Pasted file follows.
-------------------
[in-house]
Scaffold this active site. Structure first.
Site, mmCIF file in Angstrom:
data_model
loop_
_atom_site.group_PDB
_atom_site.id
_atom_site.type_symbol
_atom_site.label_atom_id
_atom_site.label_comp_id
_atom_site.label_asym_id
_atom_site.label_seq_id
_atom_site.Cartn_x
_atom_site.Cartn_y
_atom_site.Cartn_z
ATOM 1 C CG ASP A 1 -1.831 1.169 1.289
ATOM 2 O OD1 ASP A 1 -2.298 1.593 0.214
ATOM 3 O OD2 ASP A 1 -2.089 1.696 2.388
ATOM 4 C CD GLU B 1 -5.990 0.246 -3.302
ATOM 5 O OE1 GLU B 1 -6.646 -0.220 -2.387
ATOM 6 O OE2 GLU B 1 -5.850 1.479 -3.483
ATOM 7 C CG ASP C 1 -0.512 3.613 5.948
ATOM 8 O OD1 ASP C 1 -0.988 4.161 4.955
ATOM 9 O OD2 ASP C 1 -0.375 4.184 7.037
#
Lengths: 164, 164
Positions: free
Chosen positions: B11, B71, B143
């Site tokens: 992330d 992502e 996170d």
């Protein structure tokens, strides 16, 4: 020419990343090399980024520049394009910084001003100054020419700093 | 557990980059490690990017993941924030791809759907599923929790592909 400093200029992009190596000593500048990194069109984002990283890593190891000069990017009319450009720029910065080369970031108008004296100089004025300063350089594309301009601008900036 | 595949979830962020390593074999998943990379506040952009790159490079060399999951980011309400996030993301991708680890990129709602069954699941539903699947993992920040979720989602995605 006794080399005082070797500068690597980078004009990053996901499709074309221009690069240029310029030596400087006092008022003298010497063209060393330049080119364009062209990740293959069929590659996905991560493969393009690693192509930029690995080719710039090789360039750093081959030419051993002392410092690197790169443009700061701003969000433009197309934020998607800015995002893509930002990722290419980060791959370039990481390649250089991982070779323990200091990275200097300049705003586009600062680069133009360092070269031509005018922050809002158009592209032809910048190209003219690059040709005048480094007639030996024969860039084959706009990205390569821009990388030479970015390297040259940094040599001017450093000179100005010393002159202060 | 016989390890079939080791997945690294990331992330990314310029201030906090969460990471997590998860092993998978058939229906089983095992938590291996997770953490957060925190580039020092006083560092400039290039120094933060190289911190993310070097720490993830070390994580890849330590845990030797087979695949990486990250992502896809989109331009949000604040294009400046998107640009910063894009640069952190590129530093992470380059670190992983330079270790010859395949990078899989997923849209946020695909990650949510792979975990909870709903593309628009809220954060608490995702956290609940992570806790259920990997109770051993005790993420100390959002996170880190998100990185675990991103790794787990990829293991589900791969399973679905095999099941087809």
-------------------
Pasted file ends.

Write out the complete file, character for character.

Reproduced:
[in-house]
Scaffold this active site. Structure first.
Site, mmCIF file in Angstrom:
data_model
loop_
_atom_site.group_PDB
_atom_site.id
_atom_site.type_symbol
_atom_site.label_atom_id
_atom_site.label_comp_id
_atom_site.label_asym_id
_atom_site.label_seq_id
_atom_site.Cartn_x
_atom_site.Cartn_y
_atom_site.Cartn_z
ATOM 1 C CG ASP A 1 -1.831 1.169 1.289
ATOM 2 O OD1 ASP A 1 -2.298 1.593 0.214
ATOM 3 O OD2 ASP A 1 -2.089 1.696 2.388
ATOM 4 C CD GLU B 1 -5.990 0.246 -3.302
ATOM 5 O OE1 GLU B 1 -6.646 -0.220 -2.387
ATOM 6 O OE2 GLU B 1 -5.850 1.479 -3.483
ATOM 7 C CG ASP C 1 -0.512 3.613 5.948
ATOM 8 O OD1 ASP C 1 -0.988 4.161 4.955
ATOM 9 O OD2 ASP C 1 -0.375 4.184 7.037
#
Lengths: 164, 164
Positions: free
Chosen positions: B11, B71, B143
């Site tokens: 992330d 992502e 996170d």
């Protein structure tokens, strides 16, 4: 020419990343090399980024520049394009910084001003100054020419700093 | 557990980059490690990017993941924030791809759907599923929790592909 400093200029992009190596000593500048990194069109984002990283890593190891000069990017009319450009720029910065080369970031108008004296100089004025300063350089594309301009601008900036 | 595949979830962020390593074999998943990379506040952009790159490079060399999951980011309400996030993301991708680890990129709602069954699941539903699947993992920040979720989602995605 006794080399005082070797500068690597980078004009990053996901499709074309221009690069240029310029030596400087006092008022003298010497063209060393330049080119364009062209990740293959069929590659996905991560493969393009690693192509930029690995080719710039090789360039750093081959030419051993002392410092690197790169443009700061701003969000433009197309934020998607800015995002893509930002990722290419980060791959370039990481390649250089991982070779323990200091990275200097300049705003586009600062680069133009360092070269031509005018922050809002158009592209032809910048190209003219690059040709005048480094007639030996024969860039084959706009990205390569821009990388030479970015390297040259940094040599001017450093000179100005010393002159202060 | 016989390890079939080791997945690294990331992330990314310029201030906090969460990471997590998860092993998978058939229906089983095992938590291996997770953490957060925190580039020092006083560092400039290039120094933060190289911190993310070097720490993830070390994580890849330590845990030797087979695949990486990250992502896809989109331009949000604040294009400046998107640009910063894009640069952190590129530093992470380059670190992983330079270790010859395949990078899989997923849209946020695909990650949510792979975990909870709903593309628009809220954060608490995702956290609940992570806790259920990997109770051993005790993420100390959002996170880190998100990185675990991103790794787990990829293991589900791969399973679905095999099941087809």